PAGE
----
Purpose: To study the protective effects and underlying molecular mechanisms of SAMC on carbon tetrachloride (CCl4)-induced acute hepatotoxicity in the mouse model.
Methods: Mice were intraperitoneally injected with CCl4 (50 μl/kg; single dose) to induce acute hepatotoxicity with or without a 2-h pre-treatment of SAMC intraperitoneal injection (200 mg/kg; single dose). After 8 h, the blood serum and liver samples of mice were collected and subjected to measurements of histological and molecular parameters of hepatotoxicity.
Results: SAMC reduced CCl4-triggered cellular necrosis and inflammation in the liver under histological analysis. Since co-treatment of SAMC and CCl4 enhanced the expressions of antioxidant enzymes, reduced the nitric oxide (NO)-dependent oxidative stress, and inhibited lipid peroxidation induced by CCl4. SAMC played an essential antioxidative role during CCl4-induced hepatotoxicity. Administration of SAMC also ameliorated hepatic inflammation induced by CCl4 via inhibiting the activity of NF-κB subunits p50 and p65, thus reducing the expressions of pro-inflammatory cytokines, mediators, and chemokines, as well as promoting pro-regenerative factors at both transcriptional and translational levels.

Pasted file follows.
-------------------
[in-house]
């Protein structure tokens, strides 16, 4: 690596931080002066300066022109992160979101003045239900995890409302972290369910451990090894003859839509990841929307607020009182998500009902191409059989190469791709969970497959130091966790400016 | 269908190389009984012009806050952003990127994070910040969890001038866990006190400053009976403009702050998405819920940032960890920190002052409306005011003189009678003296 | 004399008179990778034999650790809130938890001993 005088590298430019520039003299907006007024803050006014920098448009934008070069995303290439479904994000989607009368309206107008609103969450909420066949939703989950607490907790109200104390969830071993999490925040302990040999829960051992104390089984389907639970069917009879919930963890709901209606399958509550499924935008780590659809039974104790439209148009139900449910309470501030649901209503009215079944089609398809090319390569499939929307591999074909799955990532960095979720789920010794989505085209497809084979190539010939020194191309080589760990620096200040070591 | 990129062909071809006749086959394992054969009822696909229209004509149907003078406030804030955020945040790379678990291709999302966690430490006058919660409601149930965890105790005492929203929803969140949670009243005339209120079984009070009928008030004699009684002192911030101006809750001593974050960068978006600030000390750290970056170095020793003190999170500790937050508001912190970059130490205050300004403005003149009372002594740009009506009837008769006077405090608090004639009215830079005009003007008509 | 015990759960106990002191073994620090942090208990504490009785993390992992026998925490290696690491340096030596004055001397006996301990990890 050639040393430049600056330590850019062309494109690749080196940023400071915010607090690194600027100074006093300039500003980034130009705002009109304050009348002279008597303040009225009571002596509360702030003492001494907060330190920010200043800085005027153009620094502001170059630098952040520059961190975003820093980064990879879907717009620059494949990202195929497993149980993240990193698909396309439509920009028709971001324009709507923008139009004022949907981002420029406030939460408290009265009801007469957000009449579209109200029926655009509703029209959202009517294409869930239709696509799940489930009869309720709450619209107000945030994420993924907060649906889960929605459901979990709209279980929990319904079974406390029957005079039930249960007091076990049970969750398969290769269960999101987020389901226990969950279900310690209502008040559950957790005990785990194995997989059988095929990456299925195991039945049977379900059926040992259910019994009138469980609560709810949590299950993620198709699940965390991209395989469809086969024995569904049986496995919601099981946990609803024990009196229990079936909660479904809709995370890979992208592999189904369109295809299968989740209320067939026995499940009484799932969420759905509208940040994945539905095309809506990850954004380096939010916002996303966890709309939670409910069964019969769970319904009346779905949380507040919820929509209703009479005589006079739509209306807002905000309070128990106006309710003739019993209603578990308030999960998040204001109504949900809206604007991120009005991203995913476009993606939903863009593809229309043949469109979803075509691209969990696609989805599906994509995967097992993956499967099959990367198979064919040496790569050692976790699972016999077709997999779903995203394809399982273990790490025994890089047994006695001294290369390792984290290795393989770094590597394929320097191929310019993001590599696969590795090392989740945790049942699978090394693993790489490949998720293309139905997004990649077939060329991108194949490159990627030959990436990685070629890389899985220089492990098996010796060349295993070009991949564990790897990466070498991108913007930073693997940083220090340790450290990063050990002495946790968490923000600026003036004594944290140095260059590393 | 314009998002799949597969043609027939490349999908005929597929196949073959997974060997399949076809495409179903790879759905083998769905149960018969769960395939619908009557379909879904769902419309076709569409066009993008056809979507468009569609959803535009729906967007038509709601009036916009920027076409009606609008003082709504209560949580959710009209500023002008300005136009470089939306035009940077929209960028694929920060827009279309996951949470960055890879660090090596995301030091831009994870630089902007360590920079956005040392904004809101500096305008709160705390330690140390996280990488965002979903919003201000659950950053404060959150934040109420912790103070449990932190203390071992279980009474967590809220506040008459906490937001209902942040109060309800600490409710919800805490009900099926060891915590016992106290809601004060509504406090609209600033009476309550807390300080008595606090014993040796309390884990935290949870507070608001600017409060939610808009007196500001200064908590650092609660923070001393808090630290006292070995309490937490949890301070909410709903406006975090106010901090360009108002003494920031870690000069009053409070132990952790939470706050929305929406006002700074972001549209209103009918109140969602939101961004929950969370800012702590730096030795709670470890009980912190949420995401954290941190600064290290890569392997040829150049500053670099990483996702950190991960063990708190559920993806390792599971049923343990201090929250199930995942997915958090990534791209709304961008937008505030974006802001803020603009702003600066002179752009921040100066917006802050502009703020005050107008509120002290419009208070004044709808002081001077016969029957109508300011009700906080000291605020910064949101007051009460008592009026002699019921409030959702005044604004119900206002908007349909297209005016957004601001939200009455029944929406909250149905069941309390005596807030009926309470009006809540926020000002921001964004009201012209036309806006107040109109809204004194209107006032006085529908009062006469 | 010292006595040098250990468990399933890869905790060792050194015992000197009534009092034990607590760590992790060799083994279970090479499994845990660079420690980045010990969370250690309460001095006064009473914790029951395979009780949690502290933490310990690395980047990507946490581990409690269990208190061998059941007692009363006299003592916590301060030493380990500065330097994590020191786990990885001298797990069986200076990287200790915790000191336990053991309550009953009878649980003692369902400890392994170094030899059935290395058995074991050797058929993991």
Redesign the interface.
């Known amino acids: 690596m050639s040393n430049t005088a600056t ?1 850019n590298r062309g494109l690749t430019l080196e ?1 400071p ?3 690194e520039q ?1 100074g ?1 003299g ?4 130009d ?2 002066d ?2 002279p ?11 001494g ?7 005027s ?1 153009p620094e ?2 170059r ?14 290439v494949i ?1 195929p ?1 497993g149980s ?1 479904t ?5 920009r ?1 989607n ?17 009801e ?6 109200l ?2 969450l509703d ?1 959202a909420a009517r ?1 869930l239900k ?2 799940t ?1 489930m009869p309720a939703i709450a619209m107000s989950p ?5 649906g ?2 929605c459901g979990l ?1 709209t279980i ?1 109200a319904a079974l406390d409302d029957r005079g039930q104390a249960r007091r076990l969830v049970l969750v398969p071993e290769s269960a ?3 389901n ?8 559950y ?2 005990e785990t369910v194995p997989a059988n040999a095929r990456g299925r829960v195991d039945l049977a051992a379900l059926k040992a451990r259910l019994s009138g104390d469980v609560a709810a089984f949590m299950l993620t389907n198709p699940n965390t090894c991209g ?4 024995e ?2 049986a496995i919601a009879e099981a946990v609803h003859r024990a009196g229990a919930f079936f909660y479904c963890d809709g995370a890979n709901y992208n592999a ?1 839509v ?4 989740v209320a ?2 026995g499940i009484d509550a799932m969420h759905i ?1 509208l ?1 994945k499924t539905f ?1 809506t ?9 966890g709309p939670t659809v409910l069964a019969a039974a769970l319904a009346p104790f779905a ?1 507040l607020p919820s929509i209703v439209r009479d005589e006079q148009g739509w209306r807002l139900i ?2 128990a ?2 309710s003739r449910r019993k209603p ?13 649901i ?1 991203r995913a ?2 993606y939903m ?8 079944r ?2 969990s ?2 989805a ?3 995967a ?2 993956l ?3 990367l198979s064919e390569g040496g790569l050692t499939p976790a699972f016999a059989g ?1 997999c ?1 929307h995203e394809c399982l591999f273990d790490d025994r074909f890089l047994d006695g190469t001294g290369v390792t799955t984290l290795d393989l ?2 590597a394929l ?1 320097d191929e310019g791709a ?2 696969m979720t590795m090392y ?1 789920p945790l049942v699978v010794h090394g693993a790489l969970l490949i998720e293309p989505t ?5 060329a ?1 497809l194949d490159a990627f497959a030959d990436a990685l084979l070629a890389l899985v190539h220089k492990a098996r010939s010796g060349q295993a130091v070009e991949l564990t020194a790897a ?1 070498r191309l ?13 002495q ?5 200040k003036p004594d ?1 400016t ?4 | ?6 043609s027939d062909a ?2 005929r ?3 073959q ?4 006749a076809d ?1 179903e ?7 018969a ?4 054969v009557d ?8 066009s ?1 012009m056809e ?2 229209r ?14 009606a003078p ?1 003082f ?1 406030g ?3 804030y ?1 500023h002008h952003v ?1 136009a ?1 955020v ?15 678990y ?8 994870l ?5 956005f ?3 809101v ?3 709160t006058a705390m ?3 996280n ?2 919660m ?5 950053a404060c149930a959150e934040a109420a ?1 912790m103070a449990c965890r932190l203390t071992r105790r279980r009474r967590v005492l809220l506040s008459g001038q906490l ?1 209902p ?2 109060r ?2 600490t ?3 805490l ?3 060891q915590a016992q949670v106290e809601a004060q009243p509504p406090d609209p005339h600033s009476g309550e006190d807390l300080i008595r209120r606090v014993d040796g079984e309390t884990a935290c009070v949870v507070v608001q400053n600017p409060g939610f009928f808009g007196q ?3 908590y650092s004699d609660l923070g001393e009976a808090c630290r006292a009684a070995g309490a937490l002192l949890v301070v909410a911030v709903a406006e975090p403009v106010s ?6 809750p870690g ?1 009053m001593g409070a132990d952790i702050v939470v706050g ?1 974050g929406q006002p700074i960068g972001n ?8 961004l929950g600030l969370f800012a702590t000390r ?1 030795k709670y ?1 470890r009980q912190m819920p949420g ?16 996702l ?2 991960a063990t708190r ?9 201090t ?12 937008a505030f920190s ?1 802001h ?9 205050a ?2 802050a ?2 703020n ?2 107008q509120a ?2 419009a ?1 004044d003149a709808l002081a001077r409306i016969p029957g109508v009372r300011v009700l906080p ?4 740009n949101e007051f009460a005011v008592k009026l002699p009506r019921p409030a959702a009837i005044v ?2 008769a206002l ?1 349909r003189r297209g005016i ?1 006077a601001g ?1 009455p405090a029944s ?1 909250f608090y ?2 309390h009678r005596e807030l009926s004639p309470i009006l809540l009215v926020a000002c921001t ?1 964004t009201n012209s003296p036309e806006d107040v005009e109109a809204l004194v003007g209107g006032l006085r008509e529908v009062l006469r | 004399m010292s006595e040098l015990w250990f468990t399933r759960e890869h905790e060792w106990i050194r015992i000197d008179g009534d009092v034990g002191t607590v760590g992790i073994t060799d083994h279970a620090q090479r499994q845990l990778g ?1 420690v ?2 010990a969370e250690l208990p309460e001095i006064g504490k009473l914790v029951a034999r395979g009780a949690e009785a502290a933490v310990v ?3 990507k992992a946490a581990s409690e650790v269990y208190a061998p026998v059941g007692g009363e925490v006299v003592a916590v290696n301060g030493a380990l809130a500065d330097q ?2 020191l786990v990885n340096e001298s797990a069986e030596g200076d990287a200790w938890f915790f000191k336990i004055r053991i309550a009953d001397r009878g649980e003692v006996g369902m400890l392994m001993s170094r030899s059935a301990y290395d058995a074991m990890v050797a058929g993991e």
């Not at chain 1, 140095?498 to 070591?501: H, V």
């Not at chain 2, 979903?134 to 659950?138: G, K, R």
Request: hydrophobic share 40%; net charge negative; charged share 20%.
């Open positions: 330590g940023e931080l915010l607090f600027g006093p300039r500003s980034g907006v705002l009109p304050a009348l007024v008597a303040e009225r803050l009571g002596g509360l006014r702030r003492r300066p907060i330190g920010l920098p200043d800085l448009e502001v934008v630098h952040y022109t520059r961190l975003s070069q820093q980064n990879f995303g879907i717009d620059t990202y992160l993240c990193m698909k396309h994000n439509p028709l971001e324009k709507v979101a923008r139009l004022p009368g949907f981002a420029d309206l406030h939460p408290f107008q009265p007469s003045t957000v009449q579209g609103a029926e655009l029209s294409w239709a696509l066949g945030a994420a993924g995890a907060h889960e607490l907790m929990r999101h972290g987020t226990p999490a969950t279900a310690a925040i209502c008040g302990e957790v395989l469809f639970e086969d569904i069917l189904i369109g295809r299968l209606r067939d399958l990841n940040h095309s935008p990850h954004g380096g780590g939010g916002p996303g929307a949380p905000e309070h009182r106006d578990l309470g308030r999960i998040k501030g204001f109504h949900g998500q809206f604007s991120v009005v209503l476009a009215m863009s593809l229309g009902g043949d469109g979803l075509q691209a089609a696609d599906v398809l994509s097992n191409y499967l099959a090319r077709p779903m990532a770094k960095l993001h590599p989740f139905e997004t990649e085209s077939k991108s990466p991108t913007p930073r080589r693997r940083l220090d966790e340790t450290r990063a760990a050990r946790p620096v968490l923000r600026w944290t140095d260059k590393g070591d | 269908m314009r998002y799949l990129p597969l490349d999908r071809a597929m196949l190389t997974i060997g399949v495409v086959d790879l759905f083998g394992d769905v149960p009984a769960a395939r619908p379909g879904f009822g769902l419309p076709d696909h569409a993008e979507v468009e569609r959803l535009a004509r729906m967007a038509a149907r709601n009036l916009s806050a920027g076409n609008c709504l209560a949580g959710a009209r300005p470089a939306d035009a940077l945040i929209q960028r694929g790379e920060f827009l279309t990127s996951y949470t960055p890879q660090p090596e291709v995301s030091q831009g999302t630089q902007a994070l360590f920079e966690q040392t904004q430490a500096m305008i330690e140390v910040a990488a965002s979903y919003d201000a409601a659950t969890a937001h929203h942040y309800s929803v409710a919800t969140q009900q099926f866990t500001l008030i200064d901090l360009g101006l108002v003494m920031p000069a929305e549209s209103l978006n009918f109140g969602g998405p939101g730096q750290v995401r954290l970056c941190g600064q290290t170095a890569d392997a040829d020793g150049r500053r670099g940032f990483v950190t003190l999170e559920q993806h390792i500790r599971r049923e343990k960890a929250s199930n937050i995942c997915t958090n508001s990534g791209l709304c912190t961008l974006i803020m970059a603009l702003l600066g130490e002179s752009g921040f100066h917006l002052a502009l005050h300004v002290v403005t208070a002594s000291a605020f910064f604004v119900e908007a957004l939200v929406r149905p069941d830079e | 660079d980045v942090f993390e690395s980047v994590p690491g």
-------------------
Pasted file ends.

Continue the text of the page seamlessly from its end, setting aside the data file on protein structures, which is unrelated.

Conclusions: Our results indicate that SAMC mitigates cellular damage, oxidative stress, and inflammation in CCl4-induced acute hepatotoxicity mouse model through regulation of NF-κB. Garlic or garlic derivatives may therefore be a potential food supplement in the prevention of liver damage.